Tucson adding more pedestrian HAWK lights
Reporter: Craig Smith
TUCSON (KGUN9-TV) - Just walking across the road in Tucson can be a death-defying act. But the City of Tucson is working to give you a fighting chance.
The city's about to turn on another set of signals at Speedway and Arcadia designed to help you make a safe crossing.
To give drivers fair warning, Tucson invented HAWK (High Intensity Activated Crosswalk) lights to stop traffic and give pedestrians a fair chance to cross.
Ollie Branch died last week when a hit and run driver killed him as he tried to cross Alvernon. His family and friends wish there had been a HAWK there to help protect him.
Branch's friend Michael Thomas says, "They should just put up one of those crosswalk lights, there at that intersection."
Now a new HAWK is going in at a different spot. It will help drivers get across six lanes of Speedway at the Arcadia intersection.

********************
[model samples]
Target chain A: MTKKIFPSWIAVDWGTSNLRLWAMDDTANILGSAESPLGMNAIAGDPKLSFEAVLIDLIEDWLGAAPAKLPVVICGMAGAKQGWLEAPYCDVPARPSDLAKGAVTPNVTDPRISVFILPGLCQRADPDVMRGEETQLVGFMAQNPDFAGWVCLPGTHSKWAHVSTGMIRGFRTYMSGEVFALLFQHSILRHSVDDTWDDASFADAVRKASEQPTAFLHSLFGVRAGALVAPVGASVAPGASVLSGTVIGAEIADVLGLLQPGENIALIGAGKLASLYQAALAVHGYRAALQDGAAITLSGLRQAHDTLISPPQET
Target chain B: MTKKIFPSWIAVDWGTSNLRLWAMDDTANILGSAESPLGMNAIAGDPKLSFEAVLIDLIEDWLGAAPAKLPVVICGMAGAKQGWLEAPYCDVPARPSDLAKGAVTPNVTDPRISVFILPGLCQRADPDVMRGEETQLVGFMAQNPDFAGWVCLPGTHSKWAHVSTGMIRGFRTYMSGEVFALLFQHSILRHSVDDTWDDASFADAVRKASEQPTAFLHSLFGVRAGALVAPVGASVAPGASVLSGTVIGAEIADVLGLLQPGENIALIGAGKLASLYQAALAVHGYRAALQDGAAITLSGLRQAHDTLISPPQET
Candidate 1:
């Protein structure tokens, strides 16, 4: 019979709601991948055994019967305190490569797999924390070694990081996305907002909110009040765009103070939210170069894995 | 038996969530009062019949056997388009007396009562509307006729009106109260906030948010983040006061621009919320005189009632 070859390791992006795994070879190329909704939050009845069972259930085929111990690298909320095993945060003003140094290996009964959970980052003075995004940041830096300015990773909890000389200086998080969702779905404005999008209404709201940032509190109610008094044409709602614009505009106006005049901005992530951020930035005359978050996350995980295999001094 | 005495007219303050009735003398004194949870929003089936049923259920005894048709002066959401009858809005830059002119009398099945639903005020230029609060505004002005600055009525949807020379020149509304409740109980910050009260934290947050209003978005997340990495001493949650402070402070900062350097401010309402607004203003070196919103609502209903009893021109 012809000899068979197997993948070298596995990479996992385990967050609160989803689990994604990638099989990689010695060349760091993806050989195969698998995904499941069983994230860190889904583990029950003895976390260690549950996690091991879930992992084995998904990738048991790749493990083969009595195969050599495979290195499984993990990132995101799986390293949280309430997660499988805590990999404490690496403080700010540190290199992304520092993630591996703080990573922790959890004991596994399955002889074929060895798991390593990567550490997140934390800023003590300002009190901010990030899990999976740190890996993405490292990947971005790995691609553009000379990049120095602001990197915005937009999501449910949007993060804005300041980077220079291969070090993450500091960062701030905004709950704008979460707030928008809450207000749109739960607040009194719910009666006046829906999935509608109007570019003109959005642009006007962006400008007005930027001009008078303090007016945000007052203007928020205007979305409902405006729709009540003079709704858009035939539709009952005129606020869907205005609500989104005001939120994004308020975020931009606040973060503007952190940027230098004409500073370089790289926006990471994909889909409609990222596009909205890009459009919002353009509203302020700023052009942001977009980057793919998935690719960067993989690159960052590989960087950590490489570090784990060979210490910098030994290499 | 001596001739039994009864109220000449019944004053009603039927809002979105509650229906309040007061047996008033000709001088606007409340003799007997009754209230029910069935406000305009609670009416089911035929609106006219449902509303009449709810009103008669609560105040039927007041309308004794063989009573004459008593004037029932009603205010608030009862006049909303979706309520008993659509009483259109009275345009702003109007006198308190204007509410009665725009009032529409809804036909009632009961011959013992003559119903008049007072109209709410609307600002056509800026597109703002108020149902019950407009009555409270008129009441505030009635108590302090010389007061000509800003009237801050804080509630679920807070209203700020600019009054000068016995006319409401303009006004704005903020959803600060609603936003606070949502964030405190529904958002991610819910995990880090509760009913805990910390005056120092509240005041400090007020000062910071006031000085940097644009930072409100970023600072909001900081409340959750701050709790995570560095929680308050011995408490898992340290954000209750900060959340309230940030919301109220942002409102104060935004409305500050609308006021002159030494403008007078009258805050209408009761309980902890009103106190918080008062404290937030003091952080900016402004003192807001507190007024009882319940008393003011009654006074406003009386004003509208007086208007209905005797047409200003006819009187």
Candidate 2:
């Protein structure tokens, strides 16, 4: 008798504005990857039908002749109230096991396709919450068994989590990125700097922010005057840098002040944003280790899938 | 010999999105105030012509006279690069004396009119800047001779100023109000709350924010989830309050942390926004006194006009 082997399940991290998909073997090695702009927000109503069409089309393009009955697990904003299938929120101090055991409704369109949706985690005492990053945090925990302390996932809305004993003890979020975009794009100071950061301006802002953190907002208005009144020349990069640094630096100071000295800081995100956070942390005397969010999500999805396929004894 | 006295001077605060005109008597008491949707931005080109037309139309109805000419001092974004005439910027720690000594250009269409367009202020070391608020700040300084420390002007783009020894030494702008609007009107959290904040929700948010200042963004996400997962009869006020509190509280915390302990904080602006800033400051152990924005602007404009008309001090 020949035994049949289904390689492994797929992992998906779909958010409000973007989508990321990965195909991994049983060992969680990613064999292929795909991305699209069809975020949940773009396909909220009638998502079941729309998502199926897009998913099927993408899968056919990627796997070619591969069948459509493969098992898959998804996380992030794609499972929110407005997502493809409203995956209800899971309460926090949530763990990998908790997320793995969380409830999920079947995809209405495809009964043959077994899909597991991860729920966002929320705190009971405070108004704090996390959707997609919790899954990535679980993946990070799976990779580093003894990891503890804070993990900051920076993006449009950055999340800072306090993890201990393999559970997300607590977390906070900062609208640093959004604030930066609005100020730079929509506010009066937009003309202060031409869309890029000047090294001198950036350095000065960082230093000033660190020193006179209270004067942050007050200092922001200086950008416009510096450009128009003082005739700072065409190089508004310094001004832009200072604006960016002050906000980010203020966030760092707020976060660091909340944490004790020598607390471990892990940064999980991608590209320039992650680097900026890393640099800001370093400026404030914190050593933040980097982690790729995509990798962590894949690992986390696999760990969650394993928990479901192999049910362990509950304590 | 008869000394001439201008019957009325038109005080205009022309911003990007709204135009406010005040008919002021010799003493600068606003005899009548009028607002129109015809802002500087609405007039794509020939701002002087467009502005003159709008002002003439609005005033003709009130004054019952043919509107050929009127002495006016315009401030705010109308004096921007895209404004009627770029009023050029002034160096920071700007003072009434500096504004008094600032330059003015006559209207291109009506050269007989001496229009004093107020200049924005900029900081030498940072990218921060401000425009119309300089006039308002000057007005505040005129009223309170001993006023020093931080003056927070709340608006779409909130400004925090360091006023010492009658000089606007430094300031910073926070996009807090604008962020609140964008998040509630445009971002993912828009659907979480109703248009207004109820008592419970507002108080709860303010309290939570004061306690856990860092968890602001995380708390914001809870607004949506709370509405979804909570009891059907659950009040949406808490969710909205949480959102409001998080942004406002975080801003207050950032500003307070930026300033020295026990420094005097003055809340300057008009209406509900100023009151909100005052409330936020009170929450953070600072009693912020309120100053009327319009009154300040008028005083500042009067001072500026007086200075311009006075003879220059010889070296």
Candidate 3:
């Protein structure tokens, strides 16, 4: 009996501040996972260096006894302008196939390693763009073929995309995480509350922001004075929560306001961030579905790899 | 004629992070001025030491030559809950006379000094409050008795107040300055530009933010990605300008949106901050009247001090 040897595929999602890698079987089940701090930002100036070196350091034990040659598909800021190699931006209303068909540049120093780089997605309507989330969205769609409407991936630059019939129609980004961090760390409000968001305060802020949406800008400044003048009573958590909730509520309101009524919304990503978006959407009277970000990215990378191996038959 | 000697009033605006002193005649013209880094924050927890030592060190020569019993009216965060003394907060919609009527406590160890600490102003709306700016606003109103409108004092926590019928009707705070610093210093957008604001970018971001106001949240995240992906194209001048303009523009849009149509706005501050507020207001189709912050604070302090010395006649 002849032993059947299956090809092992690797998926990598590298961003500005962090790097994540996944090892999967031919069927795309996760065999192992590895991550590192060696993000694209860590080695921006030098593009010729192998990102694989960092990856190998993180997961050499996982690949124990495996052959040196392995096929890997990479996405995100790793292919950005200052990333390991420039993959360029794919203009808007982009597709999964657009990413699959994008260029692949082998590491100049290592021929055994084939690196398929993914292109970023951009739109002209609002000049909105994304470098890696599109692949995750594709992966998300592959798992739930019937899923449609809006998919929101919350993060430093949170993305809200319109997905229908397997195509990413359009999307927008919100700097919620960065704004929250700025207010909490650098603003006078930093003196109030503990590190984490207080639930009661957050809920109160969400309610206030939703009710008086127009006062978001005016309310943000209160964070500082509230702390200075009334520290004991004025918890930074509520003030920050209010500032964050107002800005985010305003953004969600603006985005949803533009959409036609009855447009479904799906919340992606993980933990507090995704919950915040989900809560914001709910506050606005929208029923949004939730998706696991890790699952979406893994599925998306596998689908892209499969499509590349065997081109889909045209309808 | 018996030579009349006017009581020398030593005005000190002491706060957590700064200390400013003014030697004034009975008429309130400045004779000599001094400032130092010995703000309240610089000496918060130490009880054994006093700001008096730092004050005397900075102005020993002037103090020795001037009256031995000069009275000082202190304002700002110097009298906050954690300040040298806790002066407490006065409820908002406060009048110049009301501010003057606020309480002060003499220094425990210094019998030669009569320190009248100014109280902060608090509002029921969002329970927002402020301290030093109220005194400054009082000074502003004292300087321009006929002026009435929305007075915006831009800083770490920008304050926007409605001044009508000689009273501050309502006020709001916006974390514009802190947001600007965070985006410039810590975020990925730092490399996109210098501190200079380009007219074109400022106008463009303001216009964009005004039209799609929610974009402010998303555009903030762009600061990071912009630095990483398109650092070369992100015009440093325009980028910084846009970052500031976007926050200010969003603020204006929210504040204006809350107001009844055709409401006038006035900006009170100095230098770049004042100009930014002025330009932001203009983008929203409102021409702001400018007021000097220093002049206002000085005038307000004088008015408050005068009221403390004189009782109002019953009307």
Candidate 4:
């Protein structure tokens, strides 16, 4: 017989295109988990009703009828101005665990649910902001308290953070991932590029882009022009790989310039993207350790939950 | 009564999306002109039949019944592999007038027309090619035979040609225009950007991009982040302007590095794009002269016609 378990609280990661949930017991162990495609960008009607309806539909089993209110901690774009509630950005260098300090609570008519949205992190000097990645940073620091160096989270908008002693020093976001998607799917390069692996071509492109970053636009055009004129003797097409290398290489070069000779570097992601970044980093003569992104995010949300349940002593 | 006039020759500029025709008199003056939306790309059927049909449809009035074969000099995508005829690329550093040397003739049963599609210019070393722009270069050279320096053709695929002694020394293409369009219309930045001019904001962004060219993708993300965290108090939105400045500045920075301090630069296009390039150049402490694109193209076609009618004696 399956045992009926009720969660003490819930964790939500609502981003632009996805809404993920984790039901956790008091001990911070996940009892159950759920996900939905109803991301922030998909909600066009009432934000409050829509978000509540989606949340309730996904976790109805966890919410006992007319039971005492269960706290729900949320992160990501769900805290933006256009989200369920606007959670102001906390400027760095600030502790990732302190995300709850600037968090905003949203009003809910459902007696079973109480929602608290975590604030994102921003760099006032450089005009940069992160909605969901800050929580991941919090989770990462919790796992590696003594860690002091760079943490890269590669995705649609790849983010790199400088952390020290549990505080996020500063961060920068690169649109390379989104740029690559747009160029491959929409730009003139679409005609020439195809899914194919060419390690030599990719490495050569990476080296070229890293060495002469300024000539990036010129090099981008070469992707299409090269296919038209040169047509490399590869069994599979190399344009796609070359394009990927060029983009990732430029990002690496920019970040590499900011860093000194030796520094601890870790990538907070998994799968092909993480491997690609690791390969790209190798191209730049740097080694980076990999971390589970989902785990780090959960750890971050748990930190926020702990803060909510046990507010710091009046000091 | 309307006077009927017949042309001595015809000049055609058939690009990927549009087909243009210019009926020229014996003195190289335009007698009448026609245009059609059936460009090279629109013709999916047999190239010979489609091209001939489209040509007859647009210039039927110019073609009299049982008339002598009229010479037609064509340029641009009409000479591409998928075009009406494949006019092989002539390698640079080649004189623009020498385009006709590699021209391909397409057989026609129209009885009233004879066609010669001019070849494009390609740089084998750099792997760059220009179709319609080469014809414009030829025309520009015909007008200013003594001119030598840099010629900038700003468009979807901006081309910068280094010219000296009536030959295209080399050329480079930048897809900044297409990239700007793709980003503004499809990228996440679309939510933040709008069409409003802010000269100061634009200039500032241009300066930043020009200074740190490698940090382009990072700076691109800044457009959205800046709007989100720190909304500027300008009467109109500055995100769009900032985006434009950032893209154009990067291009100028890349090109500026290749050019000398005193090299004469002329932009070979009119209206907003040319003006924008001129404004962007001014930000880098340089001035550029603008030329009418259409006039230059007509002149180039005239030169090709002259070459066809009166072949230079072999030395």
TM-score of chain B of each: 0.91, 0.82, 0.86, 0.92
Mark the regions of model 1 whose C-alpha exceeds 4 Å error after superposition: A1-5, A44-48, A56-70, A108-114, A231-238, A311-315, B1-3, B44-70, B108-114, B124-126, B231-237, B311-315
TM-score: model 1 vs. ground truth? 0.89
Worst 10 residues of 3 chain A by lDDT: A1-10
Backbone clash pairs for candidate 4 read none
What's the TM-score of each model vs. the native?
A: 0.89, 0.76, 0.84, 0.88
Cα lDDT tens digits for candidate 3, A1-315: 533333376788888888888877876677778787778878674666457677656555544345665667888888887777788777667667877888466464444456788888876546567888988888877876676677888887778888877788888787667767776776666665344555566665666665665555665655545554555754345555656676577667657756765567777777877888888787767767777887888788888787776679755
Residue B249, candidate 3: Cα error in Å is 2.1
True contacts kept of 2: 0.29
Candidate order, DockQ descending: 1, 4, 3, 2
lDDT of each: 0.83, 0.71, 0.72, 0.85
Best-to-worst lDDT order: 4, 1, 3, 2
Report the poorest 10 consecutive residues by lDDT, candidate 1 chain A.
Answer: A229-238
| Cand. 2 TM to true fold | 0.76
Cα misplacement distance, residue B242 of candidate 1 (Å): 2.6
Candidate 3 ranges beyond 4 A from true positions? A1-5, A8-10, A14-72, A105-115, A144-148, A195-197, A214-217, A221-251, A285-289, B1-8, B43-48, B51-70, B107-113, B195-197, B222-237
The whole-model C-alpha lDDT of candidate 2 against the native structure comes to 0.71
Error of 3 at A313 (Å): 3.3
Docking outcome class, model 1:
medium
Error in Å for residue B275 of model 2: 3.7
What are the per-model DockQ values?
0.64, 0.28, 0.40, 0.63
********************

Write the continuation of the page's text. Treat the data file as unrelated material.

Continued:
Pedestrian Roberto Zarate says, "I feel so much more safe out here on the streets."
KGUN9 reporter Craig Smith asked: "You you've seen some close calls out here, your self too?
Zarate: "Yeah. Yeah."
But the protection from the lights, and from any crosswalk depends on pedestrians and drivers actually using the protections provided.
TPD Traffic Division Sergeant David Brotherton sees people fail to use crosswalks and lights there for their safety.
"Pedestrians don't take the time to activate the lights and then the second problem we have is that the pedestrians put too much faith in the lights, rather than making sure the vehicle traffic has stopped like it's supposed to they'll go ahead and enter the crosswalk before doing that."
Drivers confused by the lights should understand this: when the lights are yellow, prepare to stop. When they're steady red, stop. When they're flashing red treat them like a stop sign; stop, make sure it's safe to go, then go.
But even though the lights sometimes still confuse drivers and walkers, stats show they have made pedestrians safer. A federal study says pedestrian accidents dropped 86 percent near the lights.
City of Tucson transportation director Jim Glock says traffic, accident rates and school locations affect where the HAWK lights go. The city has 105 now with ten more in the works.
Craig Smith asked him: "At what point would you say, we pretty much have them where we want them and we're done with this project.
Glock: "I think we're nearing that location but as we see development occur in outlying areas and development increases pedestrian activity, I think we'll continue to see that."